Delaware City refinery owner PBF Energy posted a nearly $1.4 billion loss from operations but saw its stock rise 20 percent as results were better than expected.
The refiner saw crude oil prices and demand for fuel plummet during the coronavirus crisis.
PBF shares were trading at nearly $11 a share on Tuesday after falling below $6 in early April.
The company reported a first-quarter 2020 loss from operations of nearly $1.4billioncompared to income from operations of $364.6 million for the first quarter of 2019.
However, minus special items, the loss was only $134 million, compared to a $141 million loss during the same quarter last year. The special items including adjusting the value of its inventory as crude oil prices plunged and costs associated with its recent purchase of a refinery in northern California.
Tom Nimbley, PBF Energy’s CEO, said, “2020 has presented unexpected and unprecedented challenges and PBF has responded by taking several significant actions to ensure we navigate the current market successfully. Our employees have readily adjusted to new working conditions and continue to provide essential services.” Nimbley continued, “We implemented aggressive cost reduction measures and scaled back operations in response to the near-term, generational decline in demand. We took additional steps to increase our capital resources through the sale of hydrogen plants and a successful debt offering, thereby ensuring we have the resources to manage our business through the current and potential future downturns.”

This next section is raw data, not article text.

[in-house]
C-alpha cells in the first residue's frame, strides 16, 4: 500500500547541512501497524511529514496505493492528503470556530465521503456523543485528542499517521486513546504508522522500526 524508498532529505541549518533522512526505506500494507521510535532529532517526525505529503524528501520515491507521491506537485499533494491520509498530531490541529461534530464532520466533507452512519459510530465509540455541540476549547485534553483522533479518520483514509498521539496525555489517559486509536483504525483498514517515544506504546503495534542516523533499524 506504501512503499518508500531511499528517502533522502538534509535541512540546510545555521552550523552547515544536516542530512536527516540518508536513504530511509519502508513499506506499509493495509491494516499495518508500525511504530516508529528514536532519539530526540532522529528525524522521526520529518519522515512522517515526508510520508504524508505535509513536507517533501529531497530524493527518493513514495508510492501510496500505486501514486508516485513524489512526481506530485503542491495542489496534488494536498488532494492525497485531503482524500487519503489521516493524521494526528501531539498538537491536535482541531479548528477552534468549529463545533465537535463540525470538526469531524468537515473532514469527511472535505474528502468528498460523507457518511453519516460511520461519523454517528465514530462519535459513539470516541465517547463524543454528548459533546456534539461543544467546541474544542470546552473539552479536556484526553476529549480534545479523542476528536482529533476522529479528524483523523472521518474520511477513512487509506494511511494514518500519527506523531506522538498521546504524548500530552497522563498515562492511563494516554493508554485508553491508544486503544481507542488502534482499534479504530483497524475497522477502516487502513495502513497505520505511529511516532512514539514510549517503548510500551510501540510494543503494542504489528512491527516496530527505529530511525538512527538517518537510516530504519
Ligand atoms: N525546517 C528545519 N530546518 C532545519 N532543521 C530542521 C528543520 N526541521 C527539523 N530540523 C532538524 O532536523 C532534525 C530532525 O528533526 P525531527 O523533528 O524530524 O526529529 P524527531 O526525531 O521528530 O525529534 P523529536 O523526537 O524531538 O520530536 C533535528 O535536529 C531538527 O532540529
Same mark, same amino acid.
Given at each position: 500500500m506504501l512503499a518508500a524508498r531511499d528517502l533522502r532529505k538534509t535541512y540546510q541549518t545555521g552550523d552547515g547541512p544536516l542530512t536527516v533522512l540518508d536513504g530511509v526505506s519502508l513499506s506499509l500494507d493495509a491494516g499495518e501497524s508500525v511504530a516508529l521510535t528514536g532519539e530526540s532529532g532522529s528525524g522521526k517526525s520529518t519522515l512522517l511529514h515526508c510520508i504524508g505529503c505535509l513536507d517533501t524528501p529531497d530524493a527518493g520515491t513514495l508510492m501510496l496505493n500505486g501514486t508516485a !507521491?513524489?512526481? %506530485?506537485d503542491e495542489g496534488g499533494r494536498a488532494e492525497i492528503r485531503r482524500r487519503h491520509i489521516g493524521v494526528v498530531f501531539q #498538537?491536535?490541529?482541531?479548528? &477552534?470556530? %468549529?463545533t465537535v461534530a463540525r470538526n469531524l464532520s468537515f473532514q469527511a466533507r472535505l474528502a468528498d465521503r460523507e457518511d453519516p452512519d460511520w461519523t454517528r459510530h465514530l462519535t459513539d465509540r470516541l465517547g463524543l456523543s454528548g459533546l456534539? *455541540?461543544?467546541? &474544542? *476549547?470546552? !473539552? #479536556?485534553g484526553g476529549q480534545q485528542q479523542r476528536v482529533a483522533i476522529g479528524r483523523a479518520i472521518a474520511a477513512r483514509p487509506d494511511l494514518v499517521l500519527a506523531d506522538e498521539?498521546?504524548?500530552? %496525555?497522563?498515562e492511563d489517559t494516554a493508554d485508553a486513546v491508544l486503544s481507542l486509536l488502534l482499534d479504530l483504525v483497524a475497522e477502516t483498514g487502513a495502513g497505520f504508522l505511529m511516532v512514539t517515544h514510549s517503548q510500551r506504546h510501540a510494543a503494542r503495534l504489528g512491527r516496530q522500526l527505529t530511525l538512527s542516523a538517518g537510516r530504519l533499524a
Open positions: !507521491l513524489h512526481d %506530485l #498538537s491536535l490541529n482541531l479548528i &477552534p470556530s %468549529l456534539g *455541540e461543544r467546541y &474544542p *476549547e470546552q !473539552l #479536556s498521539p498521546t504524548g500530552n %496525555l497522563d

Nimbley concluded, “As more regions across the country are beginning the process of returning to work, we are already seeing an increase in product demand. We are at a delicate intersection on this path and PBF will continue to run our operations in a safe, reliable and environmentally responsible manner and we look forward to a sustainable return to work.”
The company had a successful $1 billion notes offering this month and has $2 billion in liquidity.
PBF is also cutting expenses while running refineries at about 30 percent of capacity. The company has not closed any of its sites, due to a coronavirus outbreak. It also imposed salary reductions while suspending its once hefty dividend.
PBF also sold its five hydrogen plants to Air Products for $530 million.
PBF got its start during the previous recession a decade ago by acquiring the Delaware City refinery, which was slated for demolition by former owner Valero.
Thanks to private equity funding and a financial package from the State of Delaware, the refinery reopened. PBF went on to acquire a refinery up the river in Paulsboro, NJ; as well as sites in Ohio, Louisiana, and California.